We need to End Health Stigma - Be Mindful of the ways to address problems

World Mental Health Day - Helping raise awareness

We share this article on Midweek Mercury News Paper on Wednesday 12th October 2016. We too are working hard to make people realize the value and power Mindfulness. It can change the life.

World Mental Health Day marked in Hertfordshire

“We need to end health stigma”

By Hertfordshire Mercury  |  Posted: October 12, 2016

By Sam Meadows


Patricia Moore welcomes guests at the event in Hertford.

HELPING HAND: Patricia Moore speaks to guests at the World Mental Health Day event in Hertford.

World Mental Health Day: Helping raise awareness

World mental health day was marked around the county with a series of events.

The event, which takes place annually on October 10, aims to raise awareness of the issues faced by people with mental health problems and lift the stigma sufferers can face.

In East Herts, the day was marked with a Mental Health Fair at Hertford Theatre which took place on Sunday.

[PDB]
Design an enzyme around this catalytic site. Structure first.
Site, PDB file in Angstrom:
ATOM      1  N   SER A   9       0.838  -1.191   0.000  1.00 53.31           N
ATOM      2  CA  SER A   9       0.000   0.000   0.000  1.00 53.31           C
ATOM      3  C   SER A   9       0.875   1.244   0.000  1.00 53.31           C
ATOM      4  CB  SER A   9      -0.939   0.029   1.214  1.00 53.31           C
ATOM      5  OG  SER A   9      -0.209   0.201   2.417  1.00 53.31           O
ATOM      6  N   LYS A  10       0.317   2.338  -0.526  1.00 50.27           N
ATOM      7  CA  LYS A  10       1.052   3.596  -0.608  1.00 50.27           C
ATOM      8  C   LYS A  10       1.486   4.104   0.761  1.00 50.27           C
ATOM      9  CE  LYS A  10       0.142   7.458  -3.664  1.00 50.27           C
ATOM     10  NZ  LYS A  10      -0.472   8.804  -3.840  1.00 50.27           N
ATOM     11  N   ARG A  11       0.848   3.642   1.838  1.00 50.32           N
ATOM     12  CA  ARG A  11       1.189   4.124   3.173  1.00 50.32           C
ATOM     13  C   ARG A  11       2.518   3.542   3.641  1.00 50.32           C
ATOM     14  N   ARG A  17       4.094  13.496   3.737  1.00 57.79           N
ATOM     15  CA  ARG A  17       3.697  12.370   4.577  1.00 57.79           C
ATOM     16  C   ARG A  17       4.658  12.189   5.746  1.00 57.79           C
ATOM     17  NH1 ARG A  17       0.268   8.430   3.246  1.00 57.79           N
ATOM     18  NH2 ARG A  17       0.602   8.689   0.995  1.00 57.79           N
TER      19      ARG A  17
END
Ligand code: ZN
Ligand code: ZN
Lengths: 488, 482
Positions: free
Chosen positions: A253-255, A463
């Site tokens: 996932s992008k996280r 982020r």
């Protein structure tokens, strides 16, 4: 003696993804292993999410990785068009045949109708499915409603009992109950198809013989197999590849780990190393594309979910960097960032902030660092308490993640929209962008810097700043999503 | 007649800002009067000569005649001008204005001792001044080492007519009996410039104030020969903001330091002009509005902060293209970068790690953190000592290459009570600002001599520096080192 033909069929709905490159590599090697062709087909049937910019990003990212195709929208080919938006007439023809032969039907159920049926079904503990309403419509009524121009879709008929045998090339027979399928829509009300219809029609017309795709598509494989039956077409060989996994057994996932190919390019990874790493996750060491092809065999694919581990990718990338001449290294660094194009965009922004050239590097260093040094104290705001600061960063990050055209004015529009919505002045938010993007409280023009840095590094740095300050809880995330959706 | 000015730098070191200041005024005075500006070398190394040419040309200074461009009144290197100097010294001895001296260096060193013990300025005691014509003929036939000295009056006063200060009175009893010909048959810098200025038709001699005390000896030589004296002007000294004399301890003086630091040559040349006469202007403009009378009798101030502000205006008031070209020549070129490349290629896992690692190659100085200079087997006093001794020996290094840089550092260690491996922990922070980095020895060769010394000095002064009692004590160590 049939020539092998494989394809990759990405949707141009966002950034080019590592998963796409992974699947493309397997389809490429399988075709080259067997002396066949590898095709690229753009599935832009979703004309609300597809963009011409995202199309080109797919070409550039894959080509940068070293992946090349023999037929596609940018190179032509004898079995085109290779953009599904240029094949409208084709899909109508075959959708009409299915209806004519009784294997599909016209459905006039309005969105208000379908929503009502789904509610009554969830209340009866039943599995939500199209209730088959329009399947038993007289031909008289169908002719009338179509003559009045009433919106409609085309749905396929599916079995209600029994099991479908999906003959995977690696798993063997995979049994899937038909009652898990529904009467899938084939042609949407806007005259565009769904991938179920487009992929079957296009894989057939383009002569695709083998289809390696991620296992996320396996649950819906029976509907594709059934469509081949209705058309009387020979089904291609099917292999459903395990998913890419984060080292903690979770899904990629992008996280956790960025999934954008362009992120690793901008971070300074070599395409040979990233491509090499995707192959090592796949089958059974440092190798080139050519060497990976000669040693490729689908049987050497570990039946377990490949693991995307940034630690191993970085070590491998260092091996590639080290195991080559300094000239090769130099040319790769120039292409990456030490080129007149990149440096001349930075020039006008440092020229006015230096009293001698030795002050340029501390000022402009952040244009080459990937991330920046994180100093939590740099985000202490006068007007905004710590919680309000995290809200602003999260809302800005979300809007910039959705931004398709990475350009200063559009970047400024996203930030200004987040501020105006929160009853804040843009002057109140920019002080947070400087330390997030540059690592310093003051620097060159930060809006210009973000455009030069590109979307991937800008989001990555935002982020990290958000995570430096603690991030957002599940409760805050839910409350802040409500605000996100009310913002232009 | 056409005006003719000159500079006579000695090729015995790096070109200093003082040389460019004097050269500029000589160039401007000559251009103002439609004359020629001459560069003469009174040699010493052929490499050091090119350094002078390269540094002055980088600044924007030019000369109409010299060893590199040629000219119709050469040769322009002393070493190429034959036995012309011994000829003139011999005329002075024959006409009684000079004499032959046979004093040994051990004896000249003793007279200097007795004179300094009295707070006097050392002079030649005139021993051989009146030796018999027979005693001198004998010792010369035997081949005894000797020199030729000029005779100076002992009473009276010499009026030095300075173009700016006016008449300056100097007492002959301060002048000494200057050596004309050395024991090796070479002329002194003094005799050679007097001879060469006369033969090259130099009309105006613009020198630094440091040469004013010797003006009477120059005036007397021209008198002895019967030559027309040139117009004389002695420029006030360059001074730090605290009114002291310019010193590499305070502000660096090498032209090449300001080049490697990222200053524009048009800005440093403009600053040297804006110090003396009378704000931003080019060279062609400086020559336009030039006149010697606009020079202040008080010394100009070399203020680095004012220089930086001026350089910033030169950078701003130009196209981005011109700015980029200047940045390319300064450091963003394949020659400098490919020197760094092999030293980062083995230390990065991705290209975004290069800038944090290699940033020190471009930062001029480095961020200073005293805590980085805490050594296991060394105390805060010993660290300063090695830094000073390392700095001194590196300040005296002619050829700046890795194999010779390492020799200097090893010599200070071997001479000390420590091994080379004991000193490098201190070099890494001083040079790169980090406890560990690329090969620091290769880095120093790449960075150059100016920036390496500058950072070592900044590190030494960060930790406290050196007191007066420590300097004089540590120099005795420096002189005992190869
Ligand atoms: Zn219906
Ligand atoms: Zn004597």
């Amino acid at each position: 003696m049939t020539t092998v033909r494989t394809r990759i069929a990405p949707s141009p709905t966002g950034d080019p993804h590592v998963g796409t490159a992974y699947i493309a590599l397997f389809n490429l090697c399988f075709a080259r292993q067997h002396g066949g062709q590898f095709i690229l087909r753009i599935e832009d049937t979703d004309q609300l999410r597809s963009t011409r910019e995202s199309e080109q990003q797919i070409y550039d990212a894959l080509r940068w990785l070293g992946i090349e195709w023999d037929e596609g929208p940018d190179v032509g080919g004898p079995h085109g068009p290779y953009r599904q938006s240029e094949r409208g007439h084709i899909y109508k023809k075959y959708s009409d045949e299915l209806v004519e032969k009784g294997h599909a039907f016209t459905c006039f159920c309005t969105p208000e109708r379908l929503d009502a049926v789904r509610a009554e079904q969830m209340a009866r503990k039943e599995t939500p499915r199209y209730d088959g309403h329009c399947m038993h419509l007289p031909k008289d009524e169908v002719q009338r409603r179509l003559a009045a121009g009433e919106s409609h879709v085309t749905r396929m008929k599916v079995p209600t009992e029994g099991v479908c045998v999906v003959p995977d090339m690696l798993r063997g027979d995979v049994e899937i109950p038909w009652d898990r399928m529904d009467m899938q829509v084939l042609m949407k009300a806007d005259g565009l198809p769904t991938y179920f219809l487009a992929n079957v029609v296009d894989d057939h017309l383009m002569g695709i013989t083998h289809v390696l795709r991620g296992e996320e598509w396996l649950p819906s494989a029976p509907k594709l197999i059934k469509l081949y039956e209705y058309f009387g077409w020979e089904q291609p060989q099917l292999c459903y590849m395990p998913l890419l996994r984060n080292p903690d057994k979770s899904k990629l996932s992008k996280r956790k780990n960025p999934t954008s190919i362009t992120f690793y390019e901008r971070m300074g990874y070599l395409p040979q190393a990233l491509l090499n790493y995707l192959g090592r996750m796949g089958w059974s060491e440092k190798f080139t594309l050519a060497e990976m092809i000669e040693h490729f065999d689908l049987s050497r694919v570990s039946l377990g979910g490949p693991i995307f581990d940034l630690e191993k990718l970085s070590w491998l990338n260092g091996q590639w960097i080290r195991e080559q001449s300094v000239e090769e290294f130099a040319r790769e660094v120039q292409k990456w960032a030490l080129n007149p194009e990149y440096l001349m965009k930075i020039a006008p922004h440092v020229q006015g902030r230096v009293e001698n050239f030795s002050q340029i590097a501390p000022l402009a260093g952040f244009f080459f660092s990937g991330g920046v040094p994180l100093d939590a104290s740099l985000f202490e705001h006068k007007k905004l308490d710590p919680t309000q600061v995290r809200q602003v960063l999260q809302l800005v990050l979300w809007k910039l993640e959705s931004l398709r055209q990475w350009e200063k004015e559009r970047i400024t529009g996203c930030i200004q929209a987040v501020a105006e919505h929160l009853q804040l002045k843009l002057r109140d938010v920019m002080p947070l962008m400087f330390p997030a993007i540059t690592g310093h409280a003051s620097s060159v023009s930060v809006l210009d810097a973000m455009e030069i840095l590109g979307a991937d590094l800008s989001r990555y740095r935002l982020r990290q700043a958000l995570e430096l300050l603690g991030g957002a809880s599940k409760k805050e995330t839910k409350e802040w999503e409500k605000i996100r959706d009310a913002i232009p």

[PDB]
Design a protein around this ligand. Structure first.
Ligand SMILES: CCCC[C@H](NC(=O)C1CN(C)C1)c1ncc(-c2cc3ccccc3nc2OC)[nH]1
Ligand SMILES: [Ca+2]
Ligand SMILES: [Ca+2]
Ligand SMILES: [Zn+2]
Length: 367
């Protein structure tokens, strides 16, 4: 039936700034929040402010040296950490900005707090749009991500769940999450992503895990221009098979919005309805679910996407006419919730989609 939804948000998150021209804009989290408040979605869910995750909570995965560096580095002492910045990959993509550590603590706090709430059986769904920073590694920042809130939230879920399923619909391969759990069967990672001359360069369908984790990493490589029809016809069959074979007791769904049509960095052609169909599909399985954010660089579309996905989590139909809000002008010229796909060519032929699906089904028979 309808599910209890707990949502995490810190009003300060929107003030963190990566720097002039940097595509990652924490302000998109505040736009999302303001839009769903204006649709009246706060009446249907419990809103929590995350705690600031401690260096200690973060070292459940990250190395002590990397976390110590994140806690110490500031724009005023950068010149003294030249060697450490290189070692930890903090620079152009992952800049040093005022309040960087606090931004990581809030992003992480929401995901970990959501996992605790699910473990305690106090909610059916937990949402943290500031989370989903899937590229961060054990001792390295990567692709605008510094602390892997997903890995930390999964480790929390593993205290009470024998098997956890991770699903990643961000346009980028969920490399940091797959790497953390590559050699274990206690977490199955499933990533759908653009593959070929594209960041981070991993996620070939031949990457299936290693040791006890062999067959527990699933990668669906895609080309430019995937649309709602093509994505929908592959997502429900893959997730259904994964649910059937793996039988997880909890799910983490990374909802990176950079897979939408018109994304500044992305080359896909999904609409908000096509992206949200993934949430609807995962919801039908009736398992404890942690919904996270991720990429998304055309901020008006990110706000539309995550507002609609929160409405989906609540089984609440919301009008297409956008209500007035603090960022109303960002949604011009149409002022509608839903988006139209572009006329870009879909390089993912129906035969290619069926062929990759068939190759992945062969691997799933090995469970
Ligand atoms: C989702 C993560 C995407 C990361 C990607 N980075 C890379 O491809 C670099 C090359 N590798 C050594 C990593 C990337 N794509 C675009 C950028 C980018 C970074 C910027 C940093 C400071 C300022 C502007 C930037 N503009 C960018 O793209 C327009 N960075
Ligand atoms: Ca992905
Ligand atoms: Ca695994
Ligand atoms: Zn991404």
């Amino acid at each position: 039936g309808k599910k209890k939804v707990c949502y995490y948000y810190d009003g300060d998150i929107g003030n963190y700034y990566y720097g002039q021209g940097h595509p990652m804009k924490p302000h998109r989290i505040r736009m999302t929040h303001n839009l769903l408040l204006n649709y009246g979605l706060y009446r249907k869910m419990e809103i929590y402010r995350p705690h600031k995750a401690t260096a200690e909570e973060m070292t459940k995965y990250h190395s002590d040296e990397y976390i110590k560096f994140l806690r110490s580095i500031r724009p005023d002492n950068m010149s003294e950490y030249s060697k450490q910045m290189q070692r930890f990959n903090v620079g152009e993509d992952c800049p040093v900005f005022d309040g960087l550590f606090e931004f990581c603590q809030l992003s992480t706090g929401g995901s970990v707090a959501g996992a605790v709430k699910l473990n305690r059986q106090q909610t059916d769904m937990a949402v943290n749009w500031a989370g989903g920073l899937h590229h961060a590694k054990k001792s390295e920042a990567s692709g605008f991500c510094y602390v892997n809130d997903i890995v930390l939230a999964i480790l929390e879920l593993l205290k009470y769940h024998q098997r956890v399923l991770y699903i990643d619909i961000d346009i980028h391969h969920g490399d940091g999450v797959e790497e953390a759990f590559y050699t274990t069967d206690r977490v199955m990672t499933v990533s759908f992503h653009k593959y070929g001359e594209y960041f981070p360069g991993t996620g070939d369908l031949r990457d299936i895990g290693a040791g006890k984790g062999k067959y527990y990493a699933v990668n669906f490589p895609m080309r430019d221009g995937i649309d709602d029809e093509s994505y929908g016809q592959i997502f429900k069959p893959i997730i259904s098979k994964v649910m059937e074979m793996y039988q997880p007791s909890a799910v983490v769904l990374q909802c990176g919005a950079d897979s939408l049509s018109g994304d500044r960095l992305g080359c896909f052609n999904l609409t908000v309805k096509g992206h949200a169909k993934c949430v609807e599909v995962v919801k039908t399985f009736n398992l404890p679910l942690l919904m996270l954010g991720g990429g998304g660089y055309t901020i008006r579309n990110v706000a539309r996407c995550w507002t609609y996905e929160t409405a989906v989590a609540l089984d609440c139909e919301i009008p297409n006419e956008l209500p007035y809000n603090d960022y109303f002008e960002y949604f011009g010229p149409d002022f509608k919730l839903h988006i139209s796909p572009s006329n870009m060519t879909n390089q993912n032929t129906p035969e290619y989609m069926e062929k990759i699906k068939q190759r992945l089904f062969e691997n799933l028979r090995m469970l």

Councillor Patricia Moore, who organised the day, said the intention was to bring together people from all walks of life and promote the support that is available to residents.

"The council has a crucial role to play in breaking down barriers and in improving people's understanding," she said.

"I enjoyed meeting people involved in mental health treatment throughout the day and it has been a wonderful opportunity to learn about the variety of support on offer.

"One in four people experience mental health issues in any single year so we all know someone who has been affected. It might have been us."